I’ve got an itch and it really needs to be scratched. The right wing mantra, “let the market decide” is a glib one-liner that the politically minded hears quite often these days. It’s the republican solution to everything from health care to smoking bans. Now, when concerning health care, I’m for single payer and against the corporate socialism masked in good will and commonly referred to as ObamaCare. A smoking ban in public places, however, is one example of legislative action the state of Pennsylvania has gotten right, I think.
Taken from the Pennsylvania Restaurant Association’s website: “On June 13, 2008, Governor Ed Rendell signed the Clean Indoor Air Act. This Act prohibits smoking in most public areas and workplaces, protecting the majority of citizens in Pennsylvania from tobacco smoke. On September 10, 2008, the new law will take full effect everywhere in the state except for in the City of Philadelphia, which will be permitted to preserve its existing local smoking ban – the Clean Indoor Air Worker Protection Law.”
I did not do any research on Philly, but I’ve come to understand that usually when state governments allow local governments to maintain a law in the wake of statewide legislation, it’s because the local government’s current law exceeds expectations, but I digress.
There was a time, not too long ago, that saw me accepting this overwhelmingly baseless assertion–let the market decide!–despite holding progressive views. It made sense; if non-smokers don’t want to smell like a pack of cancer sticks, they’ll talk with their wallets and force bar owners (in particular) to make a decision that determines which customer is more important to the survival of their business: the smoker with 19 other friends, or the non-smoker with 79. Of course, I’m referring to the percentage of smokers vs non-smokers. In fact, I found an article that claims the percentage of smokers in America has even declined to below the 20% mark, sitting at 19.8% according to WebMD.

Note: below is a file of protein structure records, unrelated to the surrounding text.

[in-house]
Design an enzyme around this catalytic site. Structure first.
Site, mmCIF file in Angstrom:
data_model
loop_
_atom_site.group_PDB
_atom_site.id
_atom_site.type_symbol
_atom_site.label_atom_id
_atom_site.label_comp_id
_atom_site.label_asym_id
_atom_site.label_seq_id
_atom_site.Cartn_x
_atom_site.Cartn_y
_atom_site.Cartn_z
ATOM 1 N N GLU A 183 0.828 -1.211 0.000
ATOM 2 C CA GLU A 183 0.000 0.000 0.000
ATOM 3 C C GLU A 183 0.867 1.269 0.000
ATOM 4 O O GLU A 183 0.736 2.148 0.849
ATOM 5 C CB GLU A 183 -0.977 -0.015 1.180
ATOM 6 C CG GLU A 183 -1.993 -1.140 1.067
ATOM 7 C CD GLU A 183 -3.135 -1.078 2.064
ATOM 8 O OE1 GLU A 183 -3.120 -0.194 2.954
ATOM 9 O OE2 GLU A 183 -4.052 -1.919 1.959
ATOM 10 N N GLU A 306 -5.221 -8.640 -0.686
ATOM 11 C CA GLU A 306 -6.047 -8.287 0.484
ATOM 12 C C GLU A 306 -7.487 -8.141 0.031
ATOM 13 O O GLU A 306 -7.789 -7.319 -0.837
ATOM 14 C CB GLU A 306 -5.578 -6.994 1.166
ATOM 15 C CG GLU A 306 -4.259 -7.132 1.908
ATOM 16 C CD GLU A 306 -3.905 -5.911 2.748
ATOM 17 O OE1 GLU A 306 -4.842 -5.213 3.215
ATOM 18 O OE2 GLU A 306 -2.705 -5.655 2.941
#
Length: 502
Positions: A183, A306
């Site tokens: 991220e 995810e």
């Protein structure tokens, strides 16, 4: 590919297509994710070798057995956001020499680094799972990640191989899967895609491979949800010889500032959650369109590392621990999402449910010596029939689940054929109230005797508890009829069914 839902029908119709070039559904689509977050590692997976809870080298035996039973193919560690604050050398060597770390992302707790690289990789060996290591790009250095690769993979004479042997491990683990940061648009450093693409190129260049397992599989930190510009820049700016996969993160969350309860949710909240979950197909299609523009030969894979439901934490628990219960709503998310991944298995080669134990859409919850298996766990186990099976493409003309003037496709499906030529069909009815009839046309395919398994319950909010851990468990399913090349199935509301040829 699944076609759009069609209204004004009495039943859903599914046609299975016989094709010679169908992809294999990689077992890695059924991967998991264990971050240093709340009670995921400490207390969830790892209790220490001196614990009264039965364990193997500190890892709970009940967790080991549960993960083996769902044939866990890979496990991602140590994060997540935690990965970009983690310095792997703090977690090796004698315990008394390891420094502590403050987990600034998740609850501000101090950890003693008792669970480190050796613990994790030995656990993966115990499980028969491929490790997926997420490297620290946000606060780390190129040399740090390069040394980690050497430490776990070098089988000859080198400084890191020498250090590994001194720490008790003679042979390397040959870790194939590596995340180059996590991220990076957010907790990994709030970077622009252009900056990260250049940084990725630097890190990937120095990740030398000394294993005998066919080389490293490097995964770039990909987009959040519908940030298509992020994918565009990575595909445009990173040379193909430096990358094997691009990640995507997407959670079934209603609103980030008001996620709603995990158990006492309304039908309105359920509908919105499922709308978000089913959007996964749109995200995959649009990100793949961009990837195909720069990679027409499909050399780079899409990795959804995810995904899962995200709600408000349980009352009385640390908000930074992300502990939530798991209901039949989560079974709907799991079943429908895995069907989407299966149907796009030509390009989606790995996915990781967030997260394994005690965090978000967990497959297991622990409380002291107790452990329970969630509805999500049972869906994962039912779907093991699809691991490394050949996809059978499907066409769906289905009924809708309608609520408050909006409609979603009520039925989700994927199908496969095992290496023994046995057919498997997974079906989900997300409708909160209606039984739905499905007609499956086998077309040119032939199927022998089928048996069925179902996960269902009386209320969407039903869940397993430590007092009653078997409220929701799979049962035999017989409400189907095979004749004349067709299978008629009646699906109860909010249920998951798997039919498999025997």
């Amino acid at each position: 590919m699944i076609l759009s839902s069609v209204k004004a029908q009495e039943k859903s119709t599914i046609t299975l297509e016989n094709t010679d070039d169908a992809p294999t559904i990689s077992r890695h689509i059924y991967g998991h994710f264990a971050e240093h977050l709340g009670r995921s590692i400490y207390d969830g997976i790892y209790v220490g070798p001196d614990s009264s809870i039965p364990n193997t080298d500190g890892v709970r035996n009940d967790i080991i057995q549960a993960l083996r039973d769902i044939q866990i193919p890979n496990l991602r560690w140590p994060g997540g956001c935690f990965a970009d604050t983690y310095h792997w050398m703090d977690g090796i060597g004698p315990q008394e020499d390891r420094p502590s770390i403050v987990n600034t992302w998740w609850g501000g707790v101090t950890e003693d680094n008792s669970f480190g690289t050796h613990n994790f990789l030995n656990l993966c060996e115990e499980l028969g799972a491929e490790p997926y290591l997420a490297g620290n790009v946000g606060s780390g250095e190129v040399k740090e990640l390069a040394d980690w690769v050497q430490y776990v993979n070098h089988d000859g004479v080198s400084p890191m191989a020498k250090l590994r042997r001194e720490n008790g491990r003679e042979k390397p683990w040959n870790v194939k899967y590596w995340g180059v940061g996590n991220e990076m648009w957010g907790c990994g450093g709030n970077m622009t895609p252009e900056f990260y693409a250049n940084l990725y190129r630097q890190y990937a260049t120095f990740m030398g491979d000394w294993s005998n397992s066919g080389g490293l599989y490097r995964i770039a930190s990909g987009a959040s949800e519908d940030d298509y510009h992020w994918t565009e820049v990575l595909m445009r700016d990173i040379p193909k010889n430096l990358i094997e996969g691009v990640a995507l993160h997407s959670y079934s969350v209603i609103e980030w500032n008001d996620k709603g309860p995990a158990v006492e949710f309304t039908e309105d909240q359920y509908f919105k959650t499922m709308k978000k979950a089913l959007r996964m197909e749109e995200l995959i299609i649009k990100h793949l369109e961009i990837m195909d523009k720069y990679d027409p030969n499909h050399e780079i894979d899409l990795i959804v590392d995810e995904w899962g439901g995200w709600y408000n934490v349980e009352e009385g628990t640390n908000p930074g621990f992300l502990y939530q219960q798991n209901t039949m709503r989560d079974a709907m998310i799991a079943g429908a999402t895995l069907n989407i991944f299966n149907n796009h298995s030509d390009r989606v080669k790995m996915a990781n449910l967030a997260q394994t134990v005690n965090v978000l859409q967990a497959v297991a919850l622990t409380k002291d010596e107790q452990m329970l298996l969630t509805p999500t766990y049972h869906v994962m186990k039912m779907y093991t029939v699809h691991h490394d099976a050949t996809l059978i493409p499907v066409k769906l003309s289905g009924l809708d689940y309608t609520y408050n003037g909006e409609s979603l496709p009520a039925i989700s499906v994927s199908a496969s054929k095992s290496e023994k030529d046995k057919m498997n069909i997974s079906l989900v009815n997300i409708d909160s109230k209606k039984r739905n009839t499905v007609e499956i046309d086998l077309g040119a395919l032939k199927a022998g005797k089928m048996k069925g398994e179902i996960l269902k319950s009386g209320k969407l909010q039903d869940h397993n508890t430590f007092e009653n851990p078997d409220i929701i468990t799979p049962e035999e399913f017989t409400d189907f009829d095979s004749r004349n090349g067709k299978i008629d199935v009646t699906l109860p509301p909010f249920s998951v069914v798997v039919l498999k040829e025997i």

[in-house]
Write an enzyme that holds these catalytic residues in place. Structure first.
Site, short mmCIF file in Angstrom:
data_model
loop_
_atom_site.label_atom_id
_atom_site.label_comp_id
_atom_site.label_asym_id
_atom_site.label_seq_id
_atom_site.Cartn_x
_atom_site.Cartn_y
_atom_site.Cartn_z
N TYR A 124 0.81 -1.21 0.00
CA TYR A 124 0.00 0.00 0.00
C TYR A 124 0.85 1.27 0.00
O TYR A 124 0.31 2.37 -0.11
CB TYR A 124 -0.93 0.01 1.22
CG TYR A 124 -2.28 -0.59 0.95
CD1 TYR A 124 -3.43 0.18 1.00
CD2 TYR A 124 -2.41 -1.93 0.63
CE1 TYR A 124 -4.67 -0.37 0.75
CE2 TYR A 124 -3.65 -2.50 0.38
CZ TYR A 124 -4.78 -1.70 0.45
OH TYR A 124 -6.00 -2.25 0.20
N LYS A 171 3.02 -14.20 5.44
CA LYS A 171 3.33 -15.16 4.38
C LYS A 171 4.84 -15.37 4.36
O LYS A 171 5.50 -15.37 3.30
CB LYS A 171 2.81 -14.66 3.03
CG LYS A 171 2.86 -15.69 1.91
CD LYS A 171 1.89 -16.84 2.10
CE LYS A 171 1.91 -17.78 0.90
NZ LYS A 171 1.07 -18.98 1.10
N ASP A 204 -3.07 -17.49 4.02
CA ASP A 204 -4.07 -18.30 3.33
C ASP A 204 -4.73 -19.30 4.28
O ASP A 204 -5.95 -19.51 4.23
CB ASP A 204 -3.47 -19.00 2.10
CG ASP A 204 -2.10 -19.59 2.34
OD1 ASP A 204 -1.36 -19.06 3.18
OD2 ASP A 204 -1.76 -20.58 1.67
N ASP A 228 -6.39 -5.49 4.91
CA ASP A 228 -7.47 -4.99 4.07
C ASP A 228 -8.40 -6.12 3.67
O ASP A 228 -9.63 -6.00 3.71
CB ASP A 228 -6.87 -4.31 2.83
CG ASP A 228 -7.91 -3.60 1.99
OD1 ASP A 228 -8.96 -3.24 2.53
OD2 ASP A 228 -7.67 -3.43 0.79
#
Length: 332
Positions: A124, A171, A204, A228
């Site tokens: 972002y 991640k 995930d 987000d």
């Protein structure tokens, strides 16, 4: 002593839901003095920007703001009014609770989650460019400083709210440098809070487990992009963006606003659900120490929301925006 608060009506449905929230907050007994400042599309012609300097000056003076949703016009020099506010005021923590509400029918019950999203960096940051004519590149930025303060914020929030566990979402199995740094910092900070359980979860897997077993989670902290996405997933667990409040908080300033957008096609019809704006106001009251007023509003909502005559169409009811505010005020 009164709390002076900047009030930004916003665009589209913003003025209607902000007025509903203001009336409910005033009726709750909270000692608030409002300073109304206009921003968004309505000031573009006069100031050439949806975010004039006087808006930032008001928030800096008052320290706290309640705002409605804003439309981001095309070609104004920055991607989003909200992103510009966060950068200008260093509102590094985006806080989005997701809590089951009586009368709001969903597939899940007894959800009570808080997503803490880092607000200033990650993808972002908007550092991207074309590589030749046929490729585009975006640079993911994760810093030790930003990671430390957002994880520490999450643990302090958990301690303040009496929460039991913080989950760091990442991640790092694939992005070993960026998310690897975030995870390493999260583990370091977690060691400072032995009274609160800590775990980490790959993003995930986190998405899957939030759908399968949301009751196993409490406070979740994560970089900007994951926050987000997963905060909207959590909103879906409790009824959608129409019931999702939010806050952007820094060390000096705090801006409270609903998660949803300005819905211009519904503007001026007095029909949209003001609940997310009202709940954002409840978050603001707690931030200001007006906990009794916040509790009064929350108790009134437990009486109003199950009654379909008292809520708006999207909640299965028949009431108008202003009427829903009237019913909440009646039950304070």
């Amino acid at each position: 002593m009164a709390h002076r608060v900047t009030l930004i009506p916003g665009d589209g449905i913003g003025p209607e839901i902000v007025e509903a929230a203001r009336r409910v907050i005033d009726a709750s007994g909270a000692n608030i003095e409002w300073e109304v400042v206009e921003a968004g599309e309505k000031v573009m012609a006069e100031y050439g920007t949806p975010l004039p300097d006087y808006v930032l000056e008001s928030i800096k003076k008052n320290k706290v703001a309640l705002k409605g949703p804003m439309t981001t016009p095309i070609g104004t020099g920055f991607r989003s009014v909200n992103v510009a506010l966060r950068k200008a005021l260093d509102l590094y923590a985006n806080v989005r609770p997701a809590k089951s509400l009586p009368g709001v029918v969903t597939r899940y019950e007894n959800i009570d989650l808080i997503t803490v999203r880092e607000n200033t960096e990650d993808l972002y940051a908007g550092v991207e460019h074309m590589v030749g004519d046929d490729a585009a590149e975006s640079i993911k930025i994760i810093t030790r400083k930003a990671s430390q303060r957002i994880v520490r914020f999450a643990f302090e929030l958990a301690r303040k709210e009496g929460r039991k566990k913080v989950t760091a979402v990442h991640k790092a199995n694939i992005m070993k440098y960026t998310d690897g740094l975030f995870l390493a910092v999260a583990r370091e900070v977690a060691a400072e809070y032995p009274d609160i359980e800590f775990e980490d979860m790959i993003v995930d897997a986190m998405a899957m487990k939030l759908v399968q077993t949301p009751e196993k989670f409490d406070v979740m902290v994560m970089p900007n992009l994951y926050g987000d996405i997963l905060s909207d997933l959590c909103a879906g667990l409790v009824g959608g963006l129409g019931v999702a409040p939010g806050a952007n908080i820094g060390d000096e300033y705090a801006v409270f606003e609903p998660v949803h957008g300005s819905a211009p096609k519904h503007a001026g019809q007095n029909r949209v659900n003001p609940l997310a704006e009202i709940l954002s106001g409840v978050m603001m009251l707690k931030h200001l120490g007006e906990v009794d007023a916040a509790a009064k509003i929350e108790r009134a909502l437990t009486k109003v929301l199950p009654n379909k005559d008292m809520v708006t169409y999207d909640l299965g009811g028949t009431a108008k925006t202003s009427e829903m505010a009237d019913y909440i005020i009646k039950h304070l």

So what does “let the market decide!” really mean? Sounds like an endorsement of boycotts, but I don’t buy its effectiveness. Seriously, you’re telling me that after working all week, the majority of the adult population that would like to go out for drinks or head to a restaurant for a nice meal on a Friday or Saturday night (and maybe a glass or two of beer and wine) without the harmful interference of tobacco smoke should have to organize, engage in a boycott and monetarily inform the market that they’re “Mad as hell, and [they’re] not going to take it anymore!”?
I agree, that’s nuts! And you’re certainly bonkers if you think everything the government does and everything the majority wants are two mutually exclusive ideas. Sometimes they are (being molested by the TSA and being detained indefinitely without being charged with a crime are a few examples that come to mind), but in the case of the Pennsylvania smoking ban and others across the U.S., the state government got it right. Hmm, maybe it’s the Fed that we only need to worry about.
Really though, “let the market decide!” is a tough one to sell to me. At the very least, how does it read? There could be a host of reasons a bar or restaurant owner is seeing a decline in clientele and sales. Maybe his beer selection sucks. Maybe her food is crap. Who knows? One thing is for sure, if I’m a restaurant owner and I start to doubt my cook due to a loss in sales, I don’t ban smoking, I find a new cook!
To be fair and totally honest, though, maybe the market actually has decided to a degree, or maybe it’s just that owners of Pennsylvania establishments have finally “got it”: that the health of the majority of one’s customers is directly related to whether one’s business thrives or not, and that there’s no reason why a minority of people who choose to negatively impact their health by way of smoking should be able to externalize those detrimental effects on to people who’ve chosen not to do so. Yeah, we’re both at a bar, Joe Camel, but my drinking doesn’t effect you or anyone else (unless of course I drive drunk and kill an innocent person or I talk incessantly and tell boring stories while sloppily quaffing a few too many pints).
Note: If you’re a resident of Pennsylvania, you might already know that the smoking ban law states that smoking is still permitted in establishments that report less than 20% food sales. I’m willing to bet that there are a number of bars that fit in that category and have still decided to disallow smoking inside their walls. Look at the clock…it’s time we let the logic decide!